Recently we undertook some product photography pack shots for an Exeter based customer’s Amazon and eCommerce sites, they were so pleased with the results that they immediately booked a second shoot of more products. It’s a simple enough request, ‘we have some headshots portrait photographs that need doing, well, we need to wear eye masks’. Fair enough.
Photographically it’s not the simplest of jobs, a bit like weddings, lots of white and a fair amount of black too, the extremes of what camera sensors can deal with; doable but easy to get wrong. For me portraits are all about the eyes so there was a bit of a mind-shift to do but then this was a product shoot and not a headshot.
However I now know that it is indeed a different experience liaising with a sitter who is wearing an eye mask, I’d recommend trying it too.
Simple Portrait Lighting Setups
What I hadn’t expected on this photoshoot was the client to spring an impromptu headshot request on me even though I had thought he might need one. Time was tight and to be honest space was limited due to the setting for the main session. We had been working with a simple two light set-up, one with a softbox one with a simple reflector and barn-doors. Reflector boards were used too.
There wasn’t too much to do to make the existing lighting ready for the t-shirt headshot but in order to get the best out of the ‘suit shot’ a slightly different setting was going to work better. I asked the client if he had enough time to for me to drop the black background in for the portrait wearing the suit jacket and tie. For this photograph the main light was the 100cm softbox on the Bowens Gemini with the second light positioned behind the sitter with a simple reflector and barn-doors creating a really narrow slice of light, enough for a bit of added detail to the left side. A reflector panel to the front lifted the shadows slightly on the left side of the face. The IR remote helps and works reasonably well in this environment.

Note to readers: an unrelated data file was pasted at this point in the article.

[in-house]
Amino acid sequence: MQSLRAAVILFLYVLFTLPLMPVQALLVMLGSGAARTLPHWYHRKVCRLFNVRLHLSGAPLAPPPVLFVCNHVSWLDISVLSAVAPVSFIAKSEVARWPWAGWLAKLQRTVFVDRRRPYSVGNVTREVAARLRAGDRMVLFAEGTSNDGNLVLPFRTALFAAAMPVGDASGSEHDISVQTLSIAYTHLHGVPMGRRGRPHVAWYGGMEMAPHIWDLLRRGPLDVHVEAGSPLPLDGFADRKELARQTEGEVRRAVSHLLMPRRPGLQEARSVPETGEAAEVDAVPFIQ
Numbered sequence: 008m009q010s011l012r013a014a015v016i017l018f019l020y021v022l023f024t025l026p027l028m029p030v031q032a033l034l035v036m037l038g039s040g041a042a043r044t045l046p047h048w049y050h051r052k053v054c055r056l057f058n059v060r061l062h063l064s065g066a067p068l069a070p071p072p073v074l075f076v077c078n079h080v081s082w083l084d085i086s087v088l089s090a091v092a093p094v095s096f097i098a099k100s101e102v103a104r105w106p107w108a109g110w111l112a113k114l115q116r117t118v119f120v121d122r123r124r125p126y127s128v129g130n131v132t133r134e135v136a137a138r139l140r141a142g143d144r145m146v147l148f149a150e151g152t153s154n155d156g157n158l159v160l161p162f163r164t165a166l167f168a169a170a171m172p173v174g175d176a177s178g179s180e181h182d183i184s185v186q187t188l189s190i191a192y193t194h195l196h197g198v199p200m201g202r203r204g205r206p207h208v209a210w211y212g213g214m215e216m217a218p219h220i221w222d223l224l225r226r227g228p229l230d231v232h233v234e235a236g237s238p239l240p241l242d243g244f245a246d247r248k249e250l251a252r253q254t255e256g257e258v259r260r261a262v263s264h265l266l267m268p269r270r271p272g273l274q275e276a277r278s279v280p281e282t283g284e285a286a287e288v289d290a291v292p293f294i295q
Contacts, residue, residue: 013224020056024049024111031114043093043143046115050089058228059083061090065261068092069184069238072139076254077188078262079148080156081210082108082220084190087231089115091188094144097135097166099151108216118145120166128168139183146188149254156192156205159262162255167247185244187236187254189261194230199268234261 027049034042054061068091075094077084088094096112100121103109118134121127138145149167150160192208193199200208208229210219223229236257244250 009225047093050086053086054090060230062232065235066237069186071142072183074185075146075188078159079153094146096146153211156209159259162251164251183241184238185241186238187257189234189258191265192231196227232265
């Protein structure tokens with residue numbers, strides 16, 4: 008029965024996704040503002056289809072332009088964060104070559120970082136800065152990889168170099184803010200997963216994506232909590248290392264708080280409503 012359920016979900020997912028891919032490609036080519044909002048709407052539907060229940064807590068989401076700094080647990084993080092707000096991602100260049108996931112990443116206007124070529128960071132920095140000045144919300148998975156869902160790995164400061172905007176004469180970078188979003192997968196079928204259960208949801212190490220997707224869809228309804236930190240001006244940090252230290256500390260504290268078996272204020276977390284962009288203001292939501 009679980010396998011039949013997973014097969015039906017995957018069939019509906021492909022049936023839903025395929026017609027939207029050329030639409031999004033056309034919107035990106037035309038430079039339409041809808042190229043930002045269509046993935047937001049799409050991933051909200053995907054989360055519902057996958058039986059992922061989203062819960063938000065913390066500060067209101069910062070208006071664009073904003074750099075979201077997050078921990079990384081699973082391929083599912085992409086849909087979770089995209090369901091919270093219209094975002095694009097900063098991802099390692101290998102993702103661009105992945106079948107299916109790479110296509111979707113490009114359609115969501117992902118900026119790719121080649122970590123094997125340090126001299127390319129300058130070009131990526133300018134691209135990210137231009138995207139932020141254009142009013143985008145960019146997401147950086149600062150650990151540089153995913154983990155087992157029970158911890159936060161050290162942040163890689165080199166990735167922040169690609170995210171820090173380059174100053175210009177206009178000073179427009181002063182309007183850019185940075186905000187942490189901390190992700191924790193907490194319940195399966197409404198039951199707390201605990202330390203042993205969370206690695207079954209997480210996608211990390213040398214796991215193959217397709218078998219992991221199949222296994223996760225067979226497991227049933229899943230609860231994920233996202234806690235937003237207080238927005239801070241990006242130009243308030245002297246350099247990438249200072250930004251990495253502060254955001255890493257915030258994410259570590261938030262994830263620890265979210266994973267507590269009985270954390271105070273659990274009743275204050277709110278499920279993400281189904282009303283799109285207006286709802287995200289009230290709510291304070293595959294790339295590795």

I think the whole setup took maybe 10-15 minutes including a quick change and in a way these two photographs show why I like doing headshots. The lighting can be as slow tech as you can make it and my personal belief is that simple clothing often works best. The differences in these two shots are subtle but they will suit a wide range of applications and that’s what it’s all about.
Of course not every sitter is going to be immediately comfortable in from of a camera but thinking about it I can’t imagine many who would welcome sitting in total darkness.